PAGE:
21. Clemens, Elisabeth S., The People's Lobby: Organizational Innovation and the Rise of Interest Group Politics in the United States, 1890–1925 (Chicago: University of Chicago Press, 1997).

22. Arrow, Kenneth J., “The Economic Implications of Learning by Doing,” Review of Economic Studies 29 (1962): 155–73.

23. See also Arthur, Increasing Returns, 112; Pierson, “Not Just What, But When,” 76.

24. Carpenter, Daniel, The Forging of Bureaucratic Autonomy: Reputations, Networks, and Policy Innovation in Executive Agencies, 1862–1928. (Princeton, NJ: Princeton University Press, 2001).

25. Heaney, Michael, “Brokering Health Policy: Coalitions, Health Policy, and Interest Group InfluenceJournal of Health Politics, Policy, and Law, 31, 5 (October 2006): 889; Heinz, John P., Laumann, Edward O., Nelson, Robert L., and Salisbury, Robert H., The Hollow Core: Private Interests in National Policy Making (Cambridge, MA: Harvard University Press, 1993); Carpenter, Daniel P., Esterling, Kevin M., and Lazer, Daniel M., “Friends, Brokers, and Transitivity: Who Informs Whom in Washington Politics,” Journal of Politics 66, 1 (February 2004): 224–46.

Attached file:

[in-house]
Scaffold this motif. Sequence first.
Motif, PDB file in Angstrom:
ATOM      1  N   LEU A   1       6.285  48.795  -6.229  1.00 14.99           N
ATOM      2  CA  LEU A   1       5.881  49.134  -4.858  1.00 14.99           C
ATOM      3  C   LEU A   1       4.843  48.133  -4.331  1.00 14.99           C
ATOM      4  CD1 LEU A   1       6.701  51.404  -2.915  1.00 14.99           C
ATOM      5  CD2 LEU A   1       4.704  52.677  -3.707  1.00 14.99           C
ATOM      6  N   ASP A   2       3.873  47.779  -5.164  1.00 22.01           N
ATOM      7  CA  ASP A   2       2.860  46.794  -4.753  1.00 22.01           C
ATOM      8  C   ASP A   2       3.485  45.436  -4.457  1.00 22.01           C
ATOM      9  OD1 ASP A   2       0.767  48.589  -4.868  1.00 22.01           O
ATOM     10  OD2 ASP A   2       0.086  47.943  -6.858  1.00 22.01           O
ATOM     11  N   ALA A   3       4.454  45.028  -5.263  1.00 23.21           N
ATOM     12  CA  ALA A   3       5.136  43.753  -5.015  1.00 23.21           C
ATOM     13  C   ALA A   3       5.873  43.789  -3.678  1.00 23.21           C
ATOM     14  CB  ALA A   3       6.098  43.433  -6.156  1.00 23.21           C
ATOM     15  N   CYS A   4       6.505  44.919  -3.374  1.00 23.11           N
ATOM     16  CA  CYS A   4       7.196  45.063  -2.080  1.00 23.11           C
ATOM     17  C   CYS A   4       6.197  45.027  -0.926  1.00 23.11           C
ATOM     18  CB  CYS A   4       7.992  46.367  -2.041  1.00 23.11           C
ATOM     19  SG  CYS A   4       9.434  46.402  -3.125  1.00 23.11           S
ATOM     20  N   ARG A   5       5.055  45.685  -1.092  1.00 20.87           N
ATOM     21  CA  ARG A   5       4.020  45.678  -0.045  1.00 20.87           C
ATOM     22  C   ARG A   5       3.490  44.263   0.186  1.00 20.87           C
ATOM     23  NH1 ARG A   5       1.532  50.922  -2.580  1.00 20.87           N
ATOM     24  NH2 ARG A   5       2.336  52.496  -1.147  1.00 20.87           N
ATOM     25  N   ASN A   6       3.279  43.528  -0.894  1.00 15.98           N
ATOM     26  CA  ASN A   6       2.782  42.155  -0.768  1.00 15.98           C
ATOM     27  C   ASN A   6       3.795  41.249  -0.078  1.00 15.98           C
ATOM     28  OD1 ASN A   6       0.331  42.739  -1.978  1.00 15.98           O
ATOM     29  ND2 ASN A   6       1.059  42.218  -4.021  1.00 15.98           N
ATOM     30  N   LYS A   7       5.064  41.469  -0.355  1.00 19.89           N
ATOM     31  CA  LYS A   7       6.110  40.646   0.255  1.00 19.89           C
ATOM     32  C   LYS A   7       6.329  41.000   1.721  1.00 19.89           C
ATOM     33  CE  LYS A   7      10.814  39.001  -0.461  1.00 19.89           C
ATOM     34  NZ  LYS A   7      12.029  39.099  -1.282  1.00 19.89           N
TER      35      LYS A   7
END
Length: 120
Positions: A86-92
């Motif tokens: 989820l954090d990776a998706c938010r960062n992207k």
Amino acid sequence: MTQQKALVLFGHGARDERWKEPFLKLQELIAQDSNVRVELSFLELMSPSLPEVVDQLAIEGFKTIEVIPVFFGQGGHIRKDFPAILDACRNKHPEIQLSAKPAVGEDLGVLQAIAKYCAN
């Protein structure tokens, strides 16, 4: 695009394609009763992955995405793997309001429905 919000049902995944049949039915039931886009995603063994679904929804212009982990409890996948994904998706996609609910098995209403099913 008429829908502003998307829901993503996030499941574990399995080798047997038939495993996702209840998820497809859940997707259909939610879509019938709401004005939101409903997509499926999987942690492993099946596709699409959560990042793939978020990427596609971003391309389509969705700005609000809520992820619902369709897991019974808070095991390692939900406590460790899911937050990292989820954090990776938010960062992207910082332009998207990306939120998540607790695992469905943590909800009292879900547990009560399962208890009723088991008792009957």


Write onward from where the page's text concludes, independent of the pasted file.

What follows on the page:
26. Pierson, Paul, “Increasing Returns, Path Dependence, and the Study of Politics,” American Political Science Review 94, 2 (June 2000): 254.

27. There is an important distinction to be made between this notion of fit and that described by Theda Skocpol. For Skocpol, the fit between organizational capacities and institutional opportunities explains the relative success of different types of social actors. Similarly Stephen Engel suggests that the fit between organizational identity, issue salience, and institutional venue determines whether or not a particular group will be able to participate in the political process in a particular venue. I am suggesting that the fit between institutional arrangements and organizational capacities generates a self-reinforcing process of policymaking that persists over time. See Skocpol, Protecting Soldiers and Mothers, 54; Engel, Stephen M., “Organizational Identity as a Constraint on Strategic Action: A Comparative Analysis of Gay and Lesbian Groups,” Studies in American Political Development 21 (Spring 2007): 74.

28. Capoccia and Kelemen, “The Study of Critical Junctures,” 348.

29. Because the focus of this article is on the organizational politics of change, the following analysis centers on the strategies and tactics developed by the Sierra Club as it rose to prominence in the 1950s. Less attention is paid to the origins and early development of the Sierra Club and to the later institutionalization of environmental politics. However, since these elements of interest group politics are clearly linked, discussions of relevant theoretical and empirical considerations bookend the central narrative.